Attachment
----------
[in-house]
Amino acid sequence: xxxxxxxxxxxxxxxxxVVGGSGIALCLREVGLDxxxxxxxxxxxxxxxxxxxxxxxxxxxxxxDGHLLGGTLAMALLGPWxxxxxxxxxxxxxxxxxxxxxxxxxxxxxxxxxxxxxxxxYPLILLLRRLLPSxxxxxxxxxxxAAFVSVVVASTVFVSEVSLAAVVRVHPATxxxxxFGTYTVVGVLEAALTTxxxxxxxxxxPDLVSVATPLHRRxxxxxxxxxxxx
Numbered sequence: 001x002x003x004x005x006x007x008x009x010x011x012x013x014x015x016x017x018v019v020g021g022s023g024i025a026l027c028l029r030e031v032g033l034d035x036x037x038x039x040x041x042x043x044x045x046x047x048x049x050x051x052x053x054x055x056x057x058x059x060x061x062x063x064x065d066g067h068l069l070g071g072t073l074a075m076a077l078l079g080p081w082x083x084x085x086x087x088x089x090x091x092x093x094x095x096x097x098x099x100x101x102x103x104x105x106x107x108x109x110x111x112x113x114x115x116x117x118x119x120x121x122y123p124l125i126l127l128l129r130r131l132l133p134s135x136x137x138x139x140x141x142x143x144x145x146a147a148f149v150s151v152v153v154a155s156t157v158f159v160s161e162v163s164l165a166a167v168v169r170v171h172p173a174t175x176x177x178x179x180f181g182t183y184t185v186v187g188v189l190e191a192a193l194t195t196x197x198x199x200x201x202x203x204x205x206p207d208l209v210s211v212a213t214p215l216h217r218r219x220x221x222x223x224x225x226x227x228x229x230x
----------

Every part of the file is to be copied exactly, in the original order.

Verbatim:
[in-house]
Amino acid sequence: xxxxxxxxxxxxxxxxxVVGGSGIALCLREVGLDxxxxxxxxxxxxxxxxxxxxxxxxxxxxxxDGHLLGGTLAMALLGPWxxxxxxxxxxxxxxxxxxxxxxxxxxxxxxxxxxxxxxxxYPLILLLRRLLPSxxxxxxxxxxxAAFVSVVVASTVFVSEVSLAAVVRVHPATxxxxxFGTYTVVGVLEAALTTxxxxxxxxxxPDLVSVATPLHRRxxxxxxxxxxxx
Numbered sequence: 001x002x003x004x005x006x007x008x009x010x011x012x013x014x015x016x017x018v019v020g021g022s023g024i025a026l027c028l029r030e031v032g033l034d035x036x037x038x039x040x041x042x043x044x045x046x047x048x049x050x051x052x053x054x055x056x057x058x059x060x061x062x063x064x065d066g067h068l069l070g071g072t073l074a075m076a077l078l079g080p081w082x083x084x085x086x087x088x089x090x091x092x093x094x095x096x097x098x099x100x101x102x103x104x105x106x107x108x109x110x111x112x113x114x115x116x117x118x119x120x121x122y123p124l125i126l127l128l129r130r131l132l133p134s135x136x137x138x139x140x141x142x143x144x145x146a147a148f149v150s151v152v153v154a155s156t157v158f159v160s161e162v163s164l165a166a167v168v169r170v171h172p173a174t175x176x177x178x179x180f181g182t183y184t185v186v187g188v189l190e191a192a193l194t195t196x197x198x199x200x201x202x203x204x205x206p207d208l209v210s211v212a213t214p215l216h217r218r219x220x221x222x223x224x225x226x227x228x229x230x